Churchill's Class: “ReVisioning American History: Colonization, Genocide, And Formation Of The U.S. Settler State”
Ward Churchill was always one of the University of Colorado-Boulder’s most popular teachers, but student opinion was entirely disregarded in the Regents’ decision to fire Prof. Churchill.According to his most rabid fans, this will be an opportunity not to be missed:
Now, student organizations have responded by inviting Ward Churchill back to teach on a voluntary basis, starting Tuesday Oct. 2, 2007. The course is entitled “ReVisioning American History: Colonization, Genocide, and Formation of the U.S. Settler State.”
According to Professor Churchill,This course is an entirely voluntary exercise for all parties involved. It carries no credit, fulfills no institutional requirements, involves payment of no tuition, entails no paycheck to its instructor [ie, basically worthless, ed.] . . . The sole purpose of the course is to provide those desiring it a critical and comprehensive alternative to the triumphal narrative upon which the eurosupremacist orthodoxy of scholarship has been constructed, refined, and is currently being (re)imposed with increasing rigidity on campuses across the United States. . . .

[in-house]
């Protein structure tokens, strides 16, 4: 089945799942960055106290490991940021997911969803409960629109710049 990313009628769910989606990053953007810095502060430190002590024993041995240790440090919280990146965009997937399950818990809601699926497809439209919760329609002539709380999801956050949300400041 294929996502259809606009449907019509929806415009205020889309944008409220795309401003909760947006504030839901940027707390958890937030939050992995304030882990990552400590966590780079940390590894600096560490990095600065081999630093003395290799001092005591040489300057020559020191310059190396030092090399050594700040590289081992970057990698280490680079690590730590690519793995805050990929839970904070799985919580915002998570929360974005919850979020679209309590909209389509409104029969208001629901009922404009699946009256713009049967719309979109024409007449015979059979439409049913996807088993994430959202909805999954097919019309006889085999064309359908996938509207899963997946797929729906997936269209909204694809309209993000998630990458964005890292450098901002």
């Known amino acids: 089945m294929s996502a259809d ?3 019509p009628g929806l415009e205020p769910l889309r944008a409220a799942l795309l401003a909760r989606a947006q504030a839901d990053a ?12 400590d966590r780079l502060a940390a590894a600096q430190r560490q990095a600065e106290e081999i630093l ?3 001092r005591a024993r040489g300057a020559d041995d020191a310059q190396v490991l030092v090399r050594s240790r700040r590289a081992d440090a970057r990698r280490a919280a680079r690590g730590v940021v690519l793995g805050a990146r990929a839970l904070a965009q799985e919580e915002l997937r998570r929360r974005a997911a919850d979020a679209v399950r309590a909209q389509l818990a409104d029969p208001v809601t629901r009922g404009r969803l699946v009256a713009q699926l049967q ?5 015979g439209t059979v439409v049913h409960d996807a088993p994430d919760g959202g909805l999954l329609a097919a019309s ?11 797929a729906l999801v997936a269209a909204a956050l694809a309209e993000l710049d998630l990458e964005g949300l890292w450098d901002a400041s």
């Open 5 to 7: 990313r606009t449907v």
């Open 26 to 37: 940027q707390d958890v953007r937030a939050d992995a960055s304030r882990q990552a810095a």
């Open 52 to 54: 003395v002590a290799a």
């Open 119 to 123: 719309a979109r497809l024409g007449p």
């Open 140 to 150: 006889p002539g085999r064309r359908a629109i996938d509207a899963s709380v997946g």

Ward Churchill will be teaching a class at the University of Colorado, organized by his students and outside the purview of the institution itself. Meaning, it might be possible to actually learn something.Of course, if you are not a Ward-loving sycophant "student", you can't get in:
It’s controlled enrollment. Media, institutional goons, and anti-Churchill bloggers need not apply.So much for free and open exchange, the basis of higher learning Wardo's stand-ins were at pains to stress before his termination.
Hope the number of prospective "students" outnumbers the "Little Eichmanns" cleaning staff in the Humanities building.
Mark Steyn's brilliant summation:
The difference between Winston Churchill and Ward Churchill, another famous beneficiary of "academic freedom" who called the 9/11 dead "little Eichmanns," is that for Sir Winston talking was a call to action while for poseurs like professor Churchill it's a substitute for it.The talking continues . . .